In the last 15 years, China has implemented a wide-ranging strategy of economic outreach and expansion of all its national capacities, including military and diplomatic capacities. Where the United States has taken a step back from multilateral trade agreements and discarded the Trans-Pacific Partnership (TPP), China has made inroads through efforts like the Belt and Road Initiative and the Asian Infrastructure Investment Bank (AIIB). What are Beijing’s geopolitical objectives? What leadership and political conditions in each society underlie growing Sino-American tensions? What policies might Washington adopt to address this circumstance?
Check out the You Tube video HERE
Discussant: Dr. Joyce M. Davis
Davis is an award-winning journalist and internationally acclaimed author who has lived and worked around the globe. She served as foreign editor for National Public Radio, Knight Ridder Newspapers and Associated Director of Broadcasting for Radio Free Europe/Radio Liberty, as well as Senior VP of Content for WITF. Davis is currently Director of Communications for the City of Harrisburg.
State and non-state actors today must maneuver a complex and rapidly evolving media landscape. Conventional journalism now competes with user-generated content. Official channels of communication can be circumvented through social media. Foreign policy is tweeted from the White House and “fake news” has entered the zeitgeist. Cyberwarfare, hacking and misinformation pose complex security threats. How are actors using media to pursue and defend their interests in the international arena? What are the implications for U.S. policy?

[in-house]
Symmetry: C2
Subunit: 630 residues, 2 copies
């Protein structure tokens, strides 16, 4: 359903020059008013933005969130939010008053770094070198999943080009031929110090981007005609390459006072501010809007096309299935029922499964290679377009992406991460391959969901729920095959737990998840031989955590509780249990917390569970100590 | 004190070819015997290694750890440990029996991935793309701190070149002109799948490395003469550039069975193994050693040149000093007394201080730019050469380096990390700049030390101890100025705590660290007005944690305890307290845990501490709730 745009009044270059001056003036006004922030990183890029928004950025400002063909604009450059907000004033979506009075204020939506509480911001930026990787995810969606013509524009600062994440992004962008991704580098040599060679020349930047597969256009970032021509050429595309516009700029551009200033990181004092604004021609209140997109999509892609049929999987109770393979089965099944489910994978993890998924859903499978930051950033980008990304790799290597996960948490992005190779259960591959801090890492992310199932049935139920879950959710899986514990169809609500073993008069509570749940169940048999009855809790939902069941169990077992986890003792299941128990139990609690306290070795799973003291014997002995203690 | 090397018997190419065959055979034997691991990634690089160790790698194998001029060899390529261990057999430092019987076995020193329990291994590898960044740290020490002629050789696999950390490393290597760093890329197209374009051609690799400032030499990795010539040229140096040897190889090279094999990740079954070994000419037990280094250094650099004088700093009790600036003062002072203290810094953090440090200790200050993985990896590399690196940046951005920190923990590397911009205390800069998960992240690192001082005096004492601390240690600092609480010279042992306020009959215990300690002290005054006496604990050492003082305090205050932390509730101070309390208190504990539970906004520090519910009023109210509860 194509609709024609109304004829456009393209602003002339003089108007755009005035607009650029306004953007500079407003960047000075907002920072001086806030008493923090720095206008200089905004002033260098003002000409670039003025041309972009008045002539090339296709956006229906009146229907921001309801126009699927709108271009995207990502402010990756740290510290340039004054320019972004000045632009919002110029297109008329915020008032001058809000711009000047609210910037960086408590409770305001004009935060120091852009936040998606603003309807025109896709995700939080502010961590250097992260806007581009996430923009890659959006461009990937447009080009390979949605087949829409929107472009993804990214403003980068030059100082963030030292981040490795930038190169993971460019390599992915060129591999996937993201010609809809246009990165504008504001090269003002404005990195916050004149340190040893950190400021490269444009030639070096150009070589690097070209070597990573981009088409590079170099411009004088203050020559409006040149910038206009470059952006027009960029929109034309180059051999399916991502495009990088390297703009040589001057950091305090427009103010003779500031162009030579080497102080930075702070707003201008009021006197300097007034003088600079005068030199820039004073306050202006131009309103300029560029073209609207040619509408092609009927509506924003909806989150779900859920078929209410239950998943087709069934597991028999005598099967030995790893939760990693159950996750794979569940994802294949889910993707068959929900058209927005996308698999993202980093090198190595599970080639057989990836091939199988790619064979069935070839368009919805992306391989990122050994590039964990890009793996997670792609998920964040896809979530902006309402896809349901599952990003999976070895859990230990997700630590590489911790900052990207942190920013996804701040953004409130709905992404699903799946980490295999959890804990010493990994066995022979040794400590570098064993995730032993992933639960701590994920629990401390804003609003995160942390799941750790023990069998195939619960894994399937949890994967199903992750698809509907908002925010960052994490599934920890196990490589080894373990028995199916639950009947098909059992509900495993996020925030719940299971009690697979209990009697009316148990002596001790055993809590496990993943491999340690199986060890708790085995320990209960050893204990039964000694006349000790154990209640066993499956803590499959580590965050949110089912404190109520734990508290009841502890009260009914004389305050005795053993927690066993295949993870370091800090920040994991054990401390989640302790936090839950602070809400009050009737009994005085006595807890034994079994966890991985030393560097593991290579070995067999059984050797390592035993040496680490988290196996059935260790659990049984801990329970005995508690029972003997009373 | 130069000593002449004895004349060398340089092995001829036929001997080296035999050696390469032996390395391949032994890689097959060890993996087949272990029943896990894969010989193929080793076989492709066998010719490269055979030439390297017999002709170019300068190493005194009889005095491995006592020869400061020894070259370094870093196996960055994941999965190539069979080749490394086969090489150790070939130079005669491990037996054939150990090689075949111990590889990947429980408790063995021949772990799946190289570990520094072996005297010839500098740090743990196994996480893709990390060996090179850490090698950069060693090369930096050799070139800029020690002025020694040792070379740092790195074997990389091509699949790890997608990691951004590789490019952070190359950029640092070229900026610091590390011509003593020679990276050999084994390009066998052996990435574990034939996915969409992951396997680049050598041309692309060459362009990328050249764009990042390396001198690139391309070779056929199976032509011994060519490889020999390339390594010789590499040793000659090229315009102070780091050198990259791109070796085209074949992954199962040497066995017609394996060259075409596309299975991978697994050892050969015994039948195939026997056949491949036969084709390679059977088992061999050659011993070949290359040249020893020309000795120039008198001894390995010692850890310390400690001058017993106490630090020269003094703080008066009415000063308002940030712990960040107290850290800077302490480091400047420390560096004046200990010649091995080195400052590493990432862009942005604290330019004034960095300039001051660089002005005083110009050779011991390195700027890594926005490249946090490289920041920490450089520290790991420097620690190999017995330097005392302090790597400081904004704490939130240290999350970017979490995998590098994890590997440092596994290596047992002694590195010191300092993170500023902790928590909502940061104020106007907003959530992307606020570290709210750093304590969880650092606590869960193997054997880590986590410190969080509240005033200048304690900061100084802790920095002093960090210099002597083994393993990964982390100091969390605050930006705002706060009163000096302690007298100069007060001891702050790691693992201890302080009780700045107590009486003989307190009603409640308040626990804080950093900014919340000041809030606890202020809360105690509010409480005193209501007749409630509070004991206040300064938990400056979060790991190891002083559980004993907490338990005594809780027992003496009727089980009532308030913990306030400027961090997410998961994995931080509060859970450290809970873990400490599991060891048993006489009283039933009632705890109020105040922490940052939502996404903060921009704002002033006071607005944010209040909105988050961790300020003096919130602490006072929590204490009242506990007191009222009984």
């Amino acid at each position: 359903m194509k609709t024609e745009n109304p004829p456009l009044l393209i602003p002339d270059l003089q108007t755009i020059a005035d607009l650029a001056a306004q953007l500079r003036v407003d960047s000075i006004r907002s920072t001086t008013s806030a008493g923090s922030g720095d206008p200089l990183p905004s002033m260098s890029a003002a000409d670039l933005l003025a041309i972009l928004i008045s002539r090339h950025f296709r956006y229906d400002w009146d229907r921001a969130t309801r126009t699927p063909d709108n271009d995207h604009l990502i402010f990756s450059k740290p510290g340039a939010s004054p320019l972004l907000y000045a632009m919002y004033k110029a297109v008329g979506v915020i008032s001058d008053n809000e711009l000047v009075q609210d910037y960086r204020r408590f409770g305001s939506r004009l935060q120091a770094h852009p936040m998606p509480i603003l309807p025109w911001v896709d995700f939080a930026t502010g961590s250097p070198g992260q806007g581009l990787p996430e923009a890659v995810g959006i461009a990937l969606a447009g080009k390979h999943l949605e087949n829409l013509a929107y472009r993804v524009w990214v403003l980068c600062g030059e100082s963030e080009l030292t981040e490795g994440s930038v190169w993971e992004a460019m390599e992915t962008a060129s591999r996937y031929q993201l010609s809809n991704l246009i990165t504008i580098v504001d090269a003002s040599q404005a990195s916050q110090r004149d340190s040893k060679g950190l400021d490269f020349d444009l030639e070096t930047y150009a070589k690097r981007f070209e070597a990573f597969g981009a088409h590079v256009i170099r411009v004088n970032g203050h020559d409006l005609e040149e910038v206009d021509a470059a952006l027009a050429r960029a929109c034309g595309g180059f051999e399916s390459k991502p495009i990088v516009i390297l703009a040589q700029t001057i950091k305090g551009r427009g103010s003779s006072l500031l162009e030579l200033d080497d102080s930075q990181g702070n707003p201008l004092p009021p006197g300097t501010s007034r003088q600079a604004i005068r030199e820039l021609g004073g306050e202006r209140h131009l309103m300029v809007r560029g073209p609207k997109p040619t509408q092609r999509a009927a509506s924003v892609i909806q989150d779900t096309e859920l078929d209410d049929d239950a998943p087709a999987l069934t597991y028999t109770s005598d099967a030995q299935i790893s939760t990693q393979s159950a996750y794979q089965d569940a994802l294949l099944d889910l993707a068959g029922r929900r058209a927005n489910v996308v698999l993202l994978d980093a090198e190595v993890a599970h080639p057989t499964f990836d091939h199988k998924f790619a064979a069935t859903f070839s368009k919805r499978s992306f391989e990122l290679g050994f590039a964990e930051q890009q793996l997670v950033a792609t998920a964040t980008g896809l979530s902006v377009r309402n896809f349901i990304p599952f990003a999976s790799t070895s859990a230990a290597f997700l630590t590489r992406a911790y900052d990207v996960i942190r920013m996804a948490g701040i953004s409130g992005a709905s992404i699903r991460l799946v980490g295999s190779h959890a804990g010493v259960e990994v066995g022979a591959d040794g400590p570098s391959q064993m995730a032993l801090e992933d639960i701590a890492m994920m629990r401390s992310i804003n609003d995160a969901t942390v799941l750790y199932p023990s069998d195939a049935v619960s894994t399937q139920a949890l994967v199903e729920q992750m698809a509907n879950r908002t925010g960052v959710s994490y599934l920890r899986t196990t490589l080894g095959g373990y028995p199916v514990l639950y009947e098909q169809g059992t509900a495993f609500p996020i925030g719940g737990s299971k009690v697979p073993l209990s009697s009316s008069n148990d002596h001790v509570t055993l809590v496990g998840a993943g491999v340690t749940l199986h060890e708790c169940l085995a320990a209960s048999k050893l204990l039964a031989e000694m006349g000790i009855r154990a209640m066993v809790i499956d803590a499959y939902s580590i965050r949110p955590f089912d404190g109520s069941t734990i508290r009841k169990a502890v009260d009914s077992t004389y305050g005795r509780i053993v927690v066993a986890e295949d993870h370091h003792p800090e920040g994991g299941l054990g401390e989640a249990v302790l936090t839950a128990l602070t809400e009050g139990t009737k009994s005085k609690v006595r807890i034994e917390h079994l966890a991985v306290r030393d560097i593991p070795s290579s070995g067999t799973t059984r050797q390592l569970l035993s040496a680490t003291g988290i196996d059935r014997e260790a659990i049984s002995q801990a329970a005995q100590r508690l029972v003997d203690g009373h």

Turkey: A Partner in Crisis
April 2, 2018
Sait Onal is President of the Turkish Cultural Association of Pennsylvania and a member of the board of directors of the World Affairs Council of Harrisburg. He is knowledgeable on Turkish affairs and has spearheaded WACH travel from our region to Turkey. Onal has helped organize annual Turkish Culture days at the state Capitol and led the Council’s International speaker series, sending speakers to talk about developments in Turkey to World Affairs Councils throughout the country.
Of all NATO allies, Turkey represents the most daunting challenge for the Trump administration. In the wake of a failed military coup in July 2016, the autocratic trend in Ankara took a turn for the worse. One year on, an overwhelming majority of the population considers the United States to be their country’s greatest security threat. In this age of a worsening “clash of civilizations” between Islam and the West, even more important than its place on the map is what Turkey symbolically represents as the most institutionally Westernized Muslim country in the world.
U.S. Global Engagement and the Military